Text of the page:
Failure to broaden the research, development, design, and manufacturing of emerging technologies will leave the United States at a strategic disadvantage compared to other global powers. The investments specified in the U.S. Innovation and Competition Act have the capacity to create jobs, increase revenue, boost regional economies and distinguish the U.S. as the leader in industrial innovation.
On May 17, 2021, the U.S. Senate passed the United States Innovation and Competition Act (USICA). This bipartisan bill was created to bolster the United States’ competitive edge for developing frontier technologies, which include artificial intelligence, chip manufacturing, space exploration, and state-of-the-art regional innovation hubs.
The USICA outlines approximately $250 billion worth of investments dispersed over the next 5 years. This funding will support several organizations including NASA, the Department of Commerce, the National Science Foundation, and the Department of Energy. The White House publication recounts how The Endless Frontier Act, a component of this bill, aims to “empower us to discover, build, and enhance tomorrow’s most vital technologies — from artificial intelligence, to computer chips, to the lithium batteries used in smart devices and electric vehicles — right here in the United States.” Funding chip manufacturing and R&D investments are two key goals of the Endless Frontier Act. The bill allocates $2 million on chip manufacturing in the hopes of advancing “economic and national security interests,” particularly for the auto industry and defense organizations.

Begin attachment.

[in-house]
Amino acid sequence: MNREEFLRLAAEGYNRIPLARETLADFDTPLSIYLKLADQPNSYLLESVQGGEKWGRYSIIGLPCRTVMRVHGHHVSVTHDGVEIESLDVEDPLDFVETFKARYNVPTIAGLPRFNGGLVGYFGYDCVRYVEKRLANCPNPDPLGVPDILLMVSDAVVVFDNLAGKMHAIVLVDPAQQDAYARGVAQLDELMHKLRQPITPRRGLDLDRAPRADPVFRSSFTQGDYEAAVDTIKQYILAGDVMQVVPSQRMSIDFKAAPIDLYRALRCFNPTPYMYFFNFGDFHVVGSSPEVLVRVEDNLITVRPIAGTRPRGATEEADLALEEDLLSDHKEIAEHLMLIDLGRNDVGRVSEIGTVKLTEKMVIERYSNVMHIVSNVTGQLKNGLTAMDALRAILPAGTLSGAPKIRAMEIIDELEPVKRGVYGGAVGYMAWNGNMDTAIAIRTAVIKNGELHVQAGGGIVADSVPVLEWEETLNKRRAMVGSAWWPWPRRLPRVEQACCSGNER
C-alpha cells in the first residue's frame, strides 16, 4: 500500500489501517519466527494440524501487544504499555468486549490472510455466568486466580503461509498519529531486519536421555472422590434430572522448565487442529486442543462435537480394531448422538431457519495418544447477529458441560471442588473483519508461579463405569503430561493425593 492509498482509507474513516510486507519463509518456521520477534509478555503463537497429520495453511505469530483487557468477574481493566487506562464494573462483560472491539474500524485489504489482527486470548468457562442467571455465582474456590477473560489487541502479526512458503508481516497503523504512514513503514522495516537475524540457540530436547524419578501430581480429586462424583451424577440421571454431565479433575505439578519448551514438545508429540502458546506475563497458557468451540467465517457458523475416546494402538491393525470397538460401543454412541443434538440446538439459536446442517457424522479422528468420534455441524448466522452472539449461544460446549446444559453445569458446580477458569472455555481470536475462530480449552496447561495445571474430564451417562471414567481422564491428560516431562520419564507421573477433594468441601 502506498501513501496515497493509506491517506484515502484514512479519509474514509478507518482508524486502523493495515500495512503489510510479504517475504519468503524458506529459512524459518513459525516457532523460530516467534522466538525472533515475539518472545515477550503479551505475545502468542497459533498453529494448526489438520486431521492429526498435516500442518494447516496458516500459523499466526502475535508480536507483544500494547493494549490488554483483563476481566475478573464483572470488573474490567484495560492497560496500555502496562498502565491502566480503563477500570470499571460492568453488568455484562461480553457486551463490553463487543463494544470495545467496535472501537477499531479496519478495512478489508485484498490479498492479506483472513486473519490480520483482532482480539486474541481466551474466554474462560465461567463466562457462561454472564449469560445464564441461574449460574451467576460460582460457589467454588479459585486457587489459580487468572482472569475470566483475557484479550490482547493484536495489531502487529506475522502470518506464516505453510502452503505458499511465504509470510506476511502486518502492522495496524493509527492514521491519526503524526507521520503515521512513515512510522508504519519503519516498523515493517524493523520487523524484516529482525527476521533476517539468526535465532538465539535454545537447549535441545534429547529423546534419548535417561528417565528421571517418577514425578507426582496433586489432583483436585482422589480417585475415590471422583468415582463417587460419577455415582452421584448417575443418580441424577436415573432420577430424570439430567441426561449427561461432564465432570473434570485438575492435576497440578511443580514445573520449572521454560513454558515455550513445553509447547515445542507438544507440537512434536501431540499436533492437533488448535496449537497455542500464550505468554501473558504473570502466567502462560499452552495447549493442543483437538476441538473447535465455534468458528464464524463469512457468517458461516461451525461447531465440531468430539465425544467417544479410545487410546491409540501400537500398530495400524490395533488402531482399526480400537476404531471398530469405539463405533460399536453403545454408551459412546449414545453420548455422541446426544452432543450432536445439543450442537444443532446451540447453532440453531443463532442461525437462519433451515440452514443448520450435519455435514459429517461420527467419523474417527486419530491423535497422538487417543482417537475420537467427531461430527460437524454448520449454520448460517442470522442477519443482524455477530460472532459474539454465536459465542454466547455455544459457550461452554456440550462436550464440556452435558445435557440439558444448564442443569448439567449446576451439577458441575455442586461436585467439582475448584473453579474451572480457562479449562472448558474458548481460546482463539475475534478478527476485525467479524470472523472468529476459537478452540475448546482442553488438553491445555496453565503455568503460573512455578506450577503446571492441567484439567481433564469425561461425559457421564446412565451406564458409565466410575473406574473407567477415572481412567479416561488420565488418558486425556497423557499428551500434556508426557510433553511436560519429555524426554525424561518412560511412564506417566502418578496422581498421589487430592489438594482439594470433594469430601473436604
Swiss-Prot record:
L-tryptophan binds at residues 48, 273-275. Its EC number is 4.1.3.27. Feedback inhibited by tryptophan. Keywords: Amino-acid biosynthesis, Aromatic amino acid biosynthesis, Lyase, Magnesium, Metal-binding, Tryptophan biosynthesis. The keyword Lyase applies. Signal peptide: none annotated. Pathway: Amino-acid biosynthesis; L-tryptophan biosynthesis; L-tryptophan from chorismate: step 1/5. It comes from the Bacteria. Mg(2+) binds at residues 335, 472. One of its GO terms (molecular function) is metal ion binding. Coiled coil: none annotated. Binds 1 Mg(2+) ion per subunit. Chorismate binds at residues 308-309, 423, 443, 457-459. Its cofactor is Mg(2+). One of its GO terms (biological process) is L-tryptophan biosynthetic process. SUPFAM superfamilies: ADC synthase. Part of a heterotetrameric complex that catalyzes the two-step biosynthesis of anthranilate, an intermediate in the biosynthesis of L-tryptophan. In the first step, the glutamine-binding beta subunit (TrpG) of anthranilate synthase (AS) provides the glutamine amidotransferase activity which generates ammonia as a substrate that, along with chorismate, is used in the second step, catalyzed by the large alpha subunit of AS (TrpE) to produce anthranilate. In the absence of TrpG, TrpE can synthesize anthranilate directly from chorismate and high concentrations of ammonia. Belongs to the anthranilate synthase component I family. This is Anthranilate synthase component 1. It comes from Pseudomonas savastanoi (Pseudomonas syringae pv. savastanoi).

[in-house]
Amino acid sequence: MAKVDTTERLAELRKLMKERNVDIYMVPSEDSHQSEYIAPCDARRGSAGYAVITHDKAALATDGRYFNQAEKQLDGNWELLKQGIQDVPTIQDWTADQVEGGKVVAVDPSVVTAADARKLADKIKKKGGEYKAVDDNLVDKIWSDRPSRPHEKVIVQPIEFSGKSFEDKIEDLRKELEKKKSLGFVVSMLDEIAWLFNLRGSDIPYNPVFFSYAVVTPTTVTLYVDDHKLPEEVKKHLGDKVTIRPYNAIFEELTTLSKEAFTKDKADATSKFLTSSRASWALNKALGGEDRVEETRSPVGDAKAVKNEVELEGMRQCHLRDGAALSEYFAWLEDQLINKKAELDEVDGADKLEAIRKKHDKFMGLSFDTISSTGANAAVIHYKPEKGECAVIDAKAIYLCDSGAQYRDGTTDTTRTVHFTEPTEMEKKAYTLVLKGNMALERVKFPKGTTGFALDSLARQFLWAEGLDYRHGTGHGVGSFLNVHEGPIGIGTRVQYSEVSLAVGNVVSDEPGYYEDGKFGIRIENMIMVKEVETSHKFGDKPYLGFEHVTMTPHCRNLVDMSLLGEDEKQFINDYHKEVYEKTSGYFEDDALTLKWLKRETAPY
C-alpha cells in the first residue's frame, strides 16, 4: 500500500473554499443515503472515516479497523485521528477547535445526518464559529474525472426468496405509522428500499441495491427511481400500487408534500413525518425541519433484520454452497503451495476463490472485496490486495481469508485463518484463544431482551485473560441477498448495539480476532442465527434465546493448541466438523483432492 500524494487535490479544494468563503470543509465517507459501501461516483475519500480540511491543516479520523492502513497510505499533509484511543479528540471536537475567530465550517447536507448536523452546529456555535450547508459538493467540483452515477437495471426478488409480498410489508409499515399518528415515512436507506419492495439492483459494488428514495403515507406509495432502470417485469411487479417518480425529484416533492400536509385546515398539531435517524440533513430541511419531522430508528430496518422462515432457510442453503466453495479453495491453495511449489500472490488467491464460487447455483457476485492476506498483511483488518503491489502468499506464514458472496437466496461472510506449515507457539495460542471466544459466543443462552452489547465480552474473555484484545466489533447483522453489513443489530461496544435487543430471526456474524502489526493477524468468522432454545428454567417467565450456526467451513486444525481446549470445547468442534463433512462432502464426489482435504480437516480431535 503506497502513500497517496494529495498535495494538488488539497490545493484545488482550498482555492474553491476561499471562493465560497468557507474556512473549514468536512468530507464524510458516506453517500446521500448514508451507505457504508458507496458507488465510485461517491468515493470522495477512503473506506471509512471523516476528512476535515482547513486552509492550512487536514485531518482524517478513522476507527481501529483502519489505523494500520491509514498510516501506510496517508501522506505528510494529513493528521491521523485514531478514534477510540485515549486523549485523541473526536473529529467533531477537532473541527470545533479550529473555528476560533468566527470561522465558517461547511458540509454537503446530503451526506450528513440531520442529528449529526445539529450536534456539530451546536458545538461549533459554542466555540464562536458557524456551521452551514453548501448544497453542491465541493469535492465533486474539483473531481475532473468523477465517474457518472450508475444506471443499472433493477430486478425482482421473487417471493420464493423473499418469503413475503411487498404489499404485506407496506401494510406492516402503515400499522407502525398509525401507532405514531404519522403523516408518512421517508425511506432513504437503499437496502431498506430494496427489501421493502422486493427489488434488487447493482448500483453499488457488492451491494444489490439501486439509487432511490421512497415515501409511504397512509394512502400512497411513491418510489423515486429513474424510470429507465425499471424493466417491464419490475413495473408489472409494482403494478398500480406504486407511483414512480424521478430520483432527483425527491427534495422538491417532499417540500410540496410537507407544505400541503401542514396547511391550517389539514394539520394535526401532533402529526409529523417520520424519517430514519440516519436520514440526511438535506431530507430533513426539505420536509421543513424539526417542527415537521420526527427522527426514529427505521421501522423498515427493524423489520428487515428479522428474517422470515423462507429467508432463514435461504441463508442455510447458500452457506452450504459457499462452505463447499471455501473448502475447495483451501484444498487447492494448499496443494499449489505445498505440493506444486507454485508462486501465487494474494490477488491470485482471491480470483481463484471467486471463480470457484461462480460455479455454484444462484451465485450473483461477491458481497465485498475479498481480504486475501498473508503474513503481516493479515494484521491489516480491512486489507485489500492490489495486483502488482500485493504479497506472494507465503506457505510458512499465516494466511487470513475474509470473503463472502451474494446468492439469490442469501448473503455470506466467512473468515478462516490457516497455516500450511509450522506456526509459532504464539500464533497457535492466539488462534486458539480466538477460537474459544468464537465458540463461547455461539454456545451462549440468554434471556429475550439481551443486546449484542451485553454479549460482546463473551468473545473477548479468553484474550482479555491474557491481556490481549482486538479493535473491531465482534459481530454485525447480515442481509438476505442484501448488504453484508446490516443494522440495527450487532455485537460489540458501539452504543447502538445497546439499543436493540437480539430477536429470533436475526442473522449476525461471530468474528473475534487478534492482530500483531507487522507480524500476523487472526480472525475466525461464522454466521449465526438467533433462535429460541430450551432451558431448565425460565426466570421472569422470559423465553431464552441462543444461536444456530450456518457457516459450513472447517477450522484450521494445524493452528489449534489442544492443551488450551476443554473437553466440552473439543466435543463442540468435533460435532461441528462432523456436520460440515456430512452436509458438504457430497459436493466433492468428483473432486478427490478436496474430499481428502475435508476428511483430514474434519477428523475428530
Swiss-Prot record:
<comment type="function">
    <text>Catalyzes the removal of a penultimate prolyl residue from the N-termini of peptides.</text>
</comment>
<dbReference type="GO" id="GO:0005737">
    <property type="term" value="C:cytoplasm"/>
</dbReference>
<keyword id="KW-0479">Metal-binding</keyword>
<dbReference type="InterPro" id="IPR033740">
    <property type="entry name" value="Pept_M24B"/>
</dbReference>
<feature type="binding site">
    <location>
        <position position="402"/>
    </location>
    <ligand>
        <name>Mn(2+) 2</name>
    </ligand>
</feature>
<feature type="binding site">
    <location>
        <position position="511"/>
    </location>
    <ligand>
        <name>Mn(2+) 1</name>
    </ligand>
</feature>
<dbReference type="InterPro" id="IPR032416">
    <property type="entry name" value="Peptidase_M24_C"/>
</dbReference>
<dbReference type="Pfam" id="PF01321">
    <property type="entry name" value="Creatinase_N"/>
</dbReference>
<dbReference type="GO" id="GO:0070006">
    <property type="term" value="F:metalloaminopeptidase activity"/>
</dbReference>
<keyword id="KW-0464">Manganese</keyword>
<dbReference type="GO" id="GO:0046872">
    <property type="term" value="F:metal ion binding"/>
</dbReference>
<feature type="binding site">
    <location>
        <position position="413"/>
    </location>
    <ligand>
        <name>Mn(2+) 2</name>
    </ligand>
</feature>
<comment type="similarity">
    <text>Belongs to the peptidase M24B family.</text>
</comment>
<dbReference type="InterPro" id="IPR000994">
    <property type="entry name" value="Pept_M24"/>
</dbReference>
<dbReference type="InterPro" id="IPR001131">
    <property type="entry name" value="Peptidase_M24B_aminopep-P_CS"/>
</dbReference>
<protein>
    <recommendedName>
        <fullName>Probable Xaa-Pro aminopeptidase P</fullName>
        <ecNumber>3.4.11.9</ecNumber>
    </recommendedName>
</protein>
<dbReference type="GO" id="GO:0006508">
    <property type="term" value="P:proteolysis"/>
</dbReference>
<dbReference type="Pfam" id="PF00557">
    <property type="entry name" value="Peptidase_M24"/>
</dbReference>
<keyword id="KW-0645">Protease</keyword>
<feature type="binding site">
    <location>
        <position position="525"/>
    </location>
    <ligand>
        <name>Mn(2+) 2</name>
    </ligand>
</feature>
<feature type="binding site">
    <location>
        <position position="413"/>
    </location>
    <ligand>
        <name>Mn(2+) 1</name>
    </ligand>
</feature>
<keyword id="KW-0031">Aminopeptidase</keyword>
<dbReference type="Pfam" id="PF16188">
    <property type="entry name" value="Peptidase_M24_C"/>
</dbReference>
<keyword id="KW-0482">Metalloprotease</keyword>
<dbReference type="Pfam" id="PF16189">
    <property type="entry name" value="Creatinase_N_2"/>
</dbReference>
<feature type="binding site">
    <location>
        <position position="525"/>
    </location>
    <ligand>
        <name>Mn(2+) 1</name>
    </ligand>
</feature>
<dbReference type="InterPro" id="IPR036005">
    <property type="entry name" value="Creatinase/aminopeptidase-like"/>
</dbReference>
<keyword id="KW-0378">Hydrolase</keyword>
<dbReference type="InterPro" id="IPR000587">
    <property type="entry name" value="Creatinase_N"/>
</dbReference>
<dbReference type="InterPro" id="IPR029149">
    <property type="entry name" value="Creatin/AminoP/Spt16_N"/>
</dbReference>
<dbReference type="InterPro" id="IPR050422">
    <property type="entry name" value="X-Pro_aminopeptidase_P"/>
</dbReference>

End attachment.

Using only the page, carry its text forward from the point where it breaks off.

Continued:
To explore the economic implications of this bill, REMI held “The New Competitive Advantage: Assessing the Impacts of the U.S. Innovation and Competition Act,” a recent webinar presentation that quantifies the economic implications of ground-breaking innovation AI, machine learning, and chip manufacturing using the REMI Tax-PI model. You can view a recording of this recent presentation by clicking here.
You can click here to read the full article from the White House.
A detailed breakdown of all funding allocated in the USICA can be viewed by clicking here.
The full United States Innovation and Competition Act can be viewed here.